Posts Tagged 'History'

Revealer of Spiral

In Veyeshev, this week’s Torah portion, we learn about all family politics of Yakov’s family. It is bad enough Yakov has a favorite wife, but why would he ever community communicate this to his children? Reading this seems to be perfect preparation for everyone spending a lot of time with family on Thanksgiving. Here we read about the brothers capturing Yosef, Rubin saving him from being killed, and their selling him into slavery. There we read:

Come, and let us sell him to the Ishmaelites, and let not our hand be upon him; for he is our brother, our flesh.’ And his brethren hearkened unto him. And there passed by Midianites, merchantmen; and they drew and lifted up Yosef out of the pit, and sold Yosef to the Ishmaelites for twenty shekels of silver. And they brought Yosef into Egypt. (Genesis 37: 27-28)

The brothers tell their father he was killed by a beasts and Yakov is lost in mourning. And then at the end before the whole Yehudah and Tamar interlude we read:

And the Midianites sold him into Egypt unto Potiphar, an officer of Pharaoh’s, the captain of the guard. (Genesis 37: 36)

There is some confusion. Did the brothers sell him to Ishmaelites or to Midianites? On one level this confusion is communicating that Yosef was passing through many hands indicating that he was a commodity. Maybe on a deeper level the Torah communicates this so that we know that even if the brothers showed remorse and wanted to recover their brother they could not do it. But is there any significance to the fact that Yosef passed through the hands of the Midianites?

Who was Midianites? They were the descendants of Midian, who was a son of Avraham through his wife Keturah. As we read:

And Abraham took another wife, and her name was Keturah. And she bore him Zimran, and Jokshan, and Medan, and Midian, and Ishbak, and Shuah. (Genesis 25:1-2)

According to the Midrash, Rashi,Gur Aryeh, Keli Yakar, and Obadiah of Bertinoro Keturah was actually Hagar (Bereshit Rabbah 61:4). Hagar remarried Avraham after the death of Sarah. Why did she change her name to Keturah? Keturah is a reference to the  incense used in worship. Hagar’s new name was symbolic of the pleasantness of her return from exile and repentance. Yosef  the privileged child of the loved wife was captured by his brothers who in turn sell him to the children of Yishmael who in turn sell him to the children of Keturah, both children of the original scorned wife. Hagar’s exile is marked by her blindness to the source of water to sustain her child in the wilderness. There we read:

And she went, and sat her down over against him a good way off, as it were a bow-shot; for she said: ‘Let me not look upon the death of the child.’ And she sat over against him, and lifted up her voice, and wept. And God heard the voice of the lad; and the angel of God called to Hagar out of heaven, and said unto her: ‘What ails you, Hagar? fear not; for God has heard the voice of the lad where he is. Arise, lift up the lad, and hold him fast with your hand; for I will make him a great nation.’ And God opened her eyes, and she saw a well of water; and she went, and filled the bottle with water, and gave the lad drink. ( Genesis 21: 16-19)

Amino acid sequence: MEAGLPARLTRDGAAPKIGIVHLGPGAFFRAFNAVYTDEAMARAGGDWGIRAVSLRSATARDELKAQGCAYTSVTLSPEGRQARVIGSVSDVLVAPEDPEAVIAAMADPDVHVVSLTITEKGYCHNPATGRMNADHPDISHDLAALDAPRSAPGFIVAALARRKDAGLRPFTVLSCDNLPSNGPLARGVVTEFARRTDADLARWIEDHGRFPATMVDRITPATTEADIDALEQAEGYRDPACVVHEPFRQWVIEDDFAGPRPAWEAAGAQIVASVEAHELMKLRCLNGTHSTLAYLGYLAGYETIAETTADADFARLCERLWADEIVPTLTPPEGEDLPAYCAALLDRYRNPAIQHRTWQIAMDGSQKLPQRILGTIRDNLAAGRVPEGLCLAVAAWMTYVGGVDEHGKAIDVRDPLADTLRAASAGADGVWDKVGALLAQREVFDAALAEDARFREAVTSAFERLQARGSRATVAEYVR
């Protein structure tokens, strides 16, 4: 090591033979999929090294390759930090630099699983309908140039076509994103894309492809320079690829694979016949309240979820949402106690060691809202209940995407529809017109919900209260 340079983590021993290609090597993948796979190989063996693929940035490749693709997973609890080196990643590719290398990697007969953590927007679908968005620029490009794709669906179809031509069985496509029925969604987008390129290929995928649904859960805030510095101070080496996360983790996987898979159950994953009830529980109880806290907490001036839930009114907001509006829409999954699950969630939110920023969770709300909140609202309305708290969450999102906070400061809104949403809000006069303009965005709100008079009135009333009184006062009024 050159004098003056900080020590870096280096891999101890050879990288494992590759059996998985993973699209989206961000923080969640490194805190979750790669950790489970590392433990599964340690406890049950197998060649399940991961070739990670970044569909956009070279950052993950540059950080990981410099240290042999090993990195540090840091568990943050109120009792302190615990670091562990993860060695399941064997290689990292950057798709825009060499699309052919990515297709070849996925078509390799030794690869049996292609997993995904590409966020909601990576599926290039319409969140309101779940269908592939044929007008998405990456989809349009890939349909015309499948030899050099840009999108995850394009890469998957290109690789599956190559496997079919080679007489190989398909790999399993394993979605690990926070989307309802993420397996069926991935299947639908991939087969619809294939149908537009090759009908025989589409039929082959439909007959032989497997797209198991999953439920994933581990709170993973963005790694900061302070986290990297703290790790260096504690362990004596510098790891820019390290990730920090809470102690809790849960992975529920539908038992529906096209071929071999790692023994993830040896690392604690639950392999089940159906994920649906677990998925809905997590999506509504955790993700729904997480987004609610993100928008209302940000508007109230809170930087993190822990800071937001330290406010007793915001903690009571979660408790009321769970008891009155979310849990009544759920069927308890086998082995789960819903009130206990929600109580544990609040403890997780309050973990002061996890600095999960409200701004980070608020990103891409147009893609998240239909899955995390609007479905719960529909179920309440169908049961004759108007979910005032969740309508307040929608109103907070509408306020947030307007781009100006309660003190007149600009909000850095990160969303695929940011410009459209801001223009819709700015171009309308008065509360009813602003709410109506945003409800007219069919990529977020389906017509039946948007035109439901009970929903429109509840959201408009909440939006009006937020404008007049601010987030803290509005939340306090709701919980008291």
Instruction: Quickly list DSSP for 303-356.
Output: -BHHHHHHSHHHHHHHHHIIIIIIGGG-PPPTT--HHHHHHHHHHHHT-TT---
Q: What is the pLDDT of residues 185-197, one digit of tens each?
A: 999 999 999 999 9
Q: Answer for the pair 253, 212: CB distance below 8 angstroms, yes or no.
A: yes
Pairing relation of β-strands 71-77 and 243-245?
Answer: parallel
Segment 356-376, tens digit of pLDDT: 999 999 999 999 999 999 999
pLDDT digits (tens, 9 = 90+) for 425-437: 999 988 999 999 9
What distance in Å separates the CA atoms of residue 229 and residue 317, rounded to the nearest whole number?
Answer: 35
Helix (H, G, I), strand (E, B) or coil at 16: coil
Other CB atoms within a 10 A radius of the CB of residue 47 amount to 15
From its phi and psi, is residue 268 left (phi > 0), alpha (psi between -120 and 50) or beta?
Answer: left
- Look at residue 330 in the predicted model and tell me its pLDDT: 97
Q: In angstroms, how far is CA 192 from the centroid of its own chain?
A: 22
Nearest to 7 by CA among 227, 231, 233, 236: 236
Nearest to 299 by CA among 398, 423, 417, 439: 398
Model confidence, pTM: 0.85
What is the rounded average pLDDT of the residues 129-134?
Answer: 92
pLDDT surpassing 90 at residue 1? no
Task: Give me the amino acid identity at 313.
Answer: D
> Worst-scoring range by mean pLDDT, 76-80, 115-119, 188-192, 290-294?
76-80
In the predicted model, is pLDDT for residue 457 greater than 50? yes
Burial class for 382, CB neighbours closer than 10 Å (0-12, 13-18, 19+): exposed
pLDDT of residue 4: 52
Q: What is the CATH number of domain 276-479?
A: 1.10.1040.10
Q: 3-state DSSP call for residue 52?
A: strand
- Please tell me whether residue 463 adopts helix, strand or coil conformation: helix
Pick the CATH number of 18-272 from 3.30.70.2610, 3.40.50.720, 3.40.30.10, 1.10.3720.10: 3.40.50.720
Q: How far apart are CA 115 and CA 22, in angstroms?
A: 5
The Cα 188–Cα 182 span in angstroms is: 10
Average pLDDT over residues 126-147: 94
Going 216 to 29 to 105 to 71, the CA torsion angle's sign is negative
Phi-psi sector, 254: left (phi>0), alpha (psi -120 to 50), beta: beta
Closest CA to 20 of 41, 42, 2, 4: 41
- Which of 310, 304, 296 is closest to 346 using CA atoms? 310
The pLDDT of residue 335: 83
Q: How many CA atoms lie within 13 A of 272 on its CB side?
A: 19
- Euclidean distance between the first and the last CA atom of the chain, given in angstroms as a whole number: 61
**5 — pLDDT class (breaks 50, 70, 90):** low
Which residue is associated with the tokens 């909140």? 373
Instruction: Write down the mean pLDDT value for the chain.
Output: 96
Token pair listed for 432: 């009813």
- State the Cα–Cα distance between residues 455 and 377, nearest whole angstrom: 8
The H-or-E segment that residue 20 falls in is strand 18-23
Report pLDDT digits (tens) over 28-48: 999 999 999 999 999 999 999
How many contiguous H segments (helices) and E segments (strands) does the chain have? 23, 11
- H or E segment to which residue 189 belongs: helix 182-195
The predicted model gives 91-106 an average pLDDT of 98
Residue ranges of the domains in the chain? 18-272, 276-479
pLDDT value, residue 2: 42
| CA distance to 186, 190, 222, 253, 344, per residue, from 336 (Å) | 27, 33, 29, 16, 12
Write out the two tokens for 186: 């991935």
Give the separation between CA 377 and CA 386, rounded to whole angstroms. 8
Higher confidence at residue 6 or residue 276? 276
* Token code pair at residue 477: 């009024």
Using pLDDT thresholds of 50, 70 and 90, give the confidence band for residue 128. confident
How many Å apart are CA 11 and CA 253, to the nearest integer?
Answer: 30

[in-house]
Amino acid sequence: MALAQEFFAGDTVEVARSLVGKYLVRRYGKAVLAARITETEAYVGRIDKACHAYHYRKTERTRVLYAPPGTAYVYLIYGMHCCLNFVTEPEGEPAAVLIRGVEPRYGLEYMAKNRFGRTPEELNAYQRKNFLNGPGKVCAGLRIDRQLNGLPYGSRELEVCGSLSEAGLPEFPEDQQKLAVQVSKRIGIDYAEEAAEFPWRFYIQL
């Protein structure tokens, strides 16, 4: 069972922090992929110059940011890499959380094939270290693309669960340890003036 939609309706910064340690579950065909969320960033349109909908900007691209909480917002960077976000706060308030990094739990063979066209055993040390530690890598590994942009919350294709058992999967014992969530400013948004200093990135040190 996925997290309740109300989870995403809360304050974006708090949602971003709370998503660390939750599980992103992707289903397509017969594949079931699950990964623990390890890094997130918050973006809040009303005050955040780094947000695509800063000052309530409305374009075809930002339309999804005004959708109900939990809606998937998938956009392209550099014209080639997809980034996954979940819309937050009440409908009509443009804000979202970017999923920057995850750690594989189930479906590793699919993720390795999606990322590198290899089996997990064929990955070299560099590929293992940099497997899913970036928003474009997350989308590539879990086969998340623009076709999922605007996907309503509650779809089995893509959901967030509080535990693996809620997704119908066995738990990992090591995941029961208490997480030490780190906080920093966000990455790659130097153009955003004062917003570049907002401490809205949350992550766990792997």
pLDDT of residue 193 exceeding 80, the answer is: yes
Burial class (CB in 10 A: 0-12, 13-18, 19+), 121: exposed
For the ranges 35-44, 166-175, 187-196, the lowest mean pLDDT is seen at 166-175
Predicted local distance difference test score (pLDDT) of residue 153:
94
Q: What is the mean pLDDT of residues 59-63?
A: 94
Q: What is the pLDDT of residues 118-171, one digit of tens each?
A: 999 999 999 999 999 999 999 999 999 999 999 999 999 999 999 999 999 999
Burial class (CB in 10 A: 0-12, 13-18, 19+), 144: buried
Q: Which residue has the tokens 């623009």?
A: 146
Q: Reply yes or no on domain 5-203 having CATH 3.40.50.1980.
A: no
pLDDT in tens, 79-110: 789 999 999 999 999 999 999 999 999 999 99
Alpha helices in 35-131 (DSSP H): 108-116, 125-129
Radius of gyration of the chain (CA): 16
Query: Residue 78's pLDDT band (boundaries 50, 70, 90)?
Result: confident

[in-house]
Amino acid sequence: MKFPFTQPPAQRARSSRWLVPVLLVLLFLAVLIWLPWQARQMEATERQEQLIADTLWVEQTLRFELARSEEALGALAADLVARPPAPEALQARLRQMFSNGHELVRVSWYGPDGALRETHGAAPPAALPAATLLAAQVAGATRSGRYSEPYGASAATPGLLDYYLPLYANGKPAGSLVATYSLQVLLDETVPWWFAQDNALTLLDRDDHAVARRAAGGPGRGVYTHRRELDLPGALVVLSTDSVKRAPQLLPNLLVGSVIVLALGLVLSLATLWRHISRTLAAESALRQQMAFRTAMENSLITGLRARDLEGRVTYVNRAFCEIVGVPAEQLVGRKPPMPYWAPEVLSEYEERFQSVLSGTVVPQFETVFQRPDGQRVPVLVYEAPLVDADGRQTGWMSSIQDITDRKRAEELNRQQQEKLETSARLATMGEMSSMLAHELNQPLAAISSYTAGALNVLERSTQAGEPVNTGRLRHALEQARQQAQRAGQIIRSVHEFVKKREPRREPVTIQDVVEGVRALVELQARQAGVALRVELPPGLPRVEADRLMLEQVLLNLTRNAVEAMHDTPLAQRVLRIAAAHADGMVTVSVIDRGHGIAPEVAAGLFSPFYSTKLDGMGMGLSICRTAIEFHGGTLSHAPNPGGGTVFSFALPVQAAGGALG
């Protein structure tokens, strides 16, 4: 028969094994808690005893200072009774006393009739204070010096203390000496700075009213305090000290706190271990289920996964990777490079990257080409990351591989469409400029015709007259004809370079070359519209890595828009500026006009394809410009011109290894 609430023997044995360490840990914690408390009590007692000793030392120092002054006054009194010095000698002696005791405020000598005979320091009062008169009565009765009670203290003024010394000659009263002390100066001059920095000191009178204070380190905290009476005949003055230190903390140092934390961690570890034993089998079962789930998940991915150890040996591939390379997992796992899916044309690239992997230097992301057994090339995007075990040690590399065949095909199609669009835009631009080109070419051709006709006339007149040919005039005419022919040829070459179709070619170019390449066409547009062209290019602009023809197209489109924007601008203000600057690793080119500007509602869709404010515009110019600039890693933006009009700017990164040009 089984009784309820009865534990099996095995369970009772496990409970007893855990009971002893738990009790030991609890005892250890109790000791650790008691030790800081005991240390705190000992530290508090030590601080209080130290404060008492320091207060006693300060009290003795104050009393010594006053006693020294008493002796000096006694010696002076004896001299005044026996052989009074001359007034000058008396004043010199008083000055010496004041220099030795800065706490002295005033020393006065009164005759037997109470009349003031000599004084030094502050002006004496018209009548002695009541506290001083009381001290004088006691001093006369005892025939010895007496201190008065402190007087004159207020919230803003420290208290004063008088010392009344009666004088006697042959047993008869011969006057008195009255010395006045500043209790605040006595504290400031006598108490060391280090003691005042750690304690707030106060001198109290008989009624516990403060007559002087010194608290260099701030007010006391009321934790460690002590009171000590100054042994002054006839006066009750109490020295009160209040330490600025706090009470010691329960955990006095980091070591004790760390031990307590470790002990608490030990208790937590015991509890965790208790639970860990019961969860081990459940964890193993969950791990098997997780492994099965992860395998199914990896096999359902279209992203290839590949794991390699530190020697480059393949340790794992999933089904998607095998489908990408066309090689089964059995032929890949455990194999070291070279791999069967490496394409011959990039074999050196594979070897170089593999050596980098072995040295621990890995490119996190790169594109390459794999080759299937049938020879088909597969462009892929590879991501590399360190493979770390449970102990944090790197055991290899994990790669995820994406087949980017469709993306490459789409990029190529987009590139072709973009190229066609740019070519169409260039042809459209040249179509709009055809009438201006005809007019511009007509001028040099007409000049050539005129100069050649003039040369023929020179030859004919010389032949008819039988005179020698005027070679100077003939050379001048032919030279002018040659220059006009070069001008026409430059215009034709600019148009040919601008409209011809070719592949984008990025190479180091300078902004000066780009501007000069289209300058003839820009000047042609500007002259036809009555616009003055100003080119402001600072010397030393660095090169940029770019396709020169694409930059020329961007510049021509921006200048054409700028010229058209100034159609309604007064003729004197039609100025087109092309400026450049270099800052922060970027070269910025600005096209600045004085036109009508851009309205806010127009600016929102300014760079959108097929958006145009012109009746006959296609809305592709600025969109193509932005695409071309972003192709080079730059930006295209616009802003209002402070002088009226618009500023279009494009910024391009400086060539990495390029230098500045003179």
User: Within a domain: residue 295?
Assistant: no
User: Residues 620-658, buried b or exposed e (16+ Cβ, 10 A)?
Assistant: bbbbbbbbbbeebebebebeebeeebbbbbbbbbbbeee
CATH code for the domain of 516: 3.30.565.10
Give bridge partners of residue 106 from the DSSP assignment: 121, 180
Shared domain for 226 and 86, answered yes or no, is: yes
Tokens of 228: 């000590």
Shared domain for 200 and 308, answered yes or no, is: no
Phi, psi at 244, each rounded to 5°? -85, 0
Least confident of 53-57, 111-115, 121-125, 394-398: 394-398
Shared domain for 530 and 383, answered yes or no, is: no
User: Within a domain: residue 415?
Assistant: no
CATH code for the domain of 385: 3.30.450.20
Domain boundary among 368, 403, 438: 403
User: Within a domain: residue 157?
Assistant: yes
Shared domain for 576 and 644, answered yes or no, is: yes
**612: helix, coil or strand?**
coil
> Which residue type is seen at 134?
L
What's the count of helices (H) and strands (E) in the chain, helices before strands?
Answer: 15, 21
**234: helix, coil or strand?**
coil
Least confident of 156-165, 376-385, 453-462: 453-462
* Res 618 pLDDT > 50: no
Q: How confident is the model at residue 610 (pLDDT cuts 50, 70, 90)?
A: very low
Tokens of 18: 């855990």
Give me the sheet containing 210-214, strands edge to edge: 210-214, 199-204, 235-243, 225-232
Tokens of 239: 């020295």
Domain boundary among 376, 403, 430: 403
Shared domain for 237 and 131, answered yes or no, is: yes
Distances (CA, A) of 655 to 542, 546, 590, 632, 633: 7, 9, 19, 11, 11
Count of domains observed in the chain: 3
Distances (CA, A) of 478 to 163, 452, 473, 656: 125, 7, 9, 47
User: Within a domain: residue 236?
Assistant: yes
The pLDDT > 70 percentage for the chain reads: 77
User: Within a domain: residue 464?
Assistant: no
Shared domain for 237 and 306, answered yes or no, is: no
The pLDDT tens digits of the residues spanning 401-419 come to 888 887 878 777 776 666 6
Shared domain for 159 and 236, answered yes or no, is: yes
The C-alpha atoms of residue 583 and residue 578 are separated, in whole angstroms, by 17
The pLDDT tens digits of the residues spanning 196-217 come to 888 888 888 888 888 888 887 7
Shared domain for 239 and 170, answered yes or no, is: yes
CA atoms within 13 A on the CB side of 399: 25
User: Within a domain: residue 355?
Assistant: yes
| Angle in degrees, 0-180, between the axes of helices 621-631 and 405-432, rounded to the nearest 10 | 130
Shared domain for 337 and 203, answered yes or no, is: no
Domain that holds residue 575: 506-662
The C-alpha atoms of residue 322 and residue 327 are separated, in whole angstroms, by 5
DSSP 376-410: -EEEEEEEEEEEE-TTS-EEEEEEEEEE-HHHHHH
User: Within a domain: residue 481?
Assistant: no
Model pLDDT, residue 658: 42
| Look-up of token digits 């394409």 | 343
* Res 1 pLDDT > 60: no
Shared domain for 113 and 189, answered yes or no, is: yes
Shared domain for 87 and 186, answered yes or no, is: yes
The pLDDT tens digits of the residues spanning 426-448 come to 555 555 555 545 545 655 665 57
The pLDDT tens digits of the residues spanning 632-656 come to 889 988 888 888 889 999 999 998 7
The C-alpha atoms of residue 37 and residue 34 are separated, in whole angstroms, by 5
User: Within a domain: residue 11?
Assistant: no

Similarly Yosef’s power came from his ability to predict the seven years of plenty and seven years of famine. He was able to lift his head and see the water. Like Hagar having her name change to Keturah Yosef’s name was changed by Pharaoh to Zaphnath-Paaneah – צָפְנַת פַּעְנֵחַ‎ – revealer of mysteries or secrets (Genesis, 41:45). Hagar’s exile, renaming, and reconciliation with Avraham is similar to the story of Yosef’s exile, renaming, and reconciliation with his brothers. Living in the Diaspora, it is easy to relate to Yosef’s narrative as a uniquely Jewish tale. It is good to be remind ourselves that our story of surviving and even thriving at the margins while important is not unique to the Jewish people, and in fact it never was.

Kodachrome

Memory is a powerful thing; it is central to our identity. However, it is interesting that our memory often has only a limited connection with the actual history of an event. This is brought to light through the words of Kodachrome, by Simon and Garfunkel. The lyrics read,

If you took all the girls I knew when I was single
Brought ’em all together for one night
I know they’d never match my sweet imagination
Everything looks better in black and white

The way in which we frame a memory colors it. In this song, memory removed all the pigment of blemishes.

It is interesting to reflect on the nature of color and memory in light of Terumah, this week’s Torah portion. Here we read about the Tabernacle in its entire splendor. It was gold, turquoise, purple, scarlet, and more. Every year we read about the building of the tabernacle. We are forced to recall its beauty while none of us has ever seen it. In the Mishnah when discussing the construction of the Temple, there are a number of disagreements. This is striking in as much as there was an actual Temple. The Temple was not just in color and 3D, it was real.  Why would there be a disagreement about a physical reality? Like everything else Jewish, the question is better than the answer. One answer must be in the importance of memory over history.

The question for us is how do we balance a reverence for the past and present, relevance of facts and feelings, and sense of mission for the future? In this new world in which history is being “documented” like never before (as evident by the proliferation of blogs like this one), we need to approach memory with an open heart and open eyes. How we will be remembered will not be aided by any rose-colored glasses.


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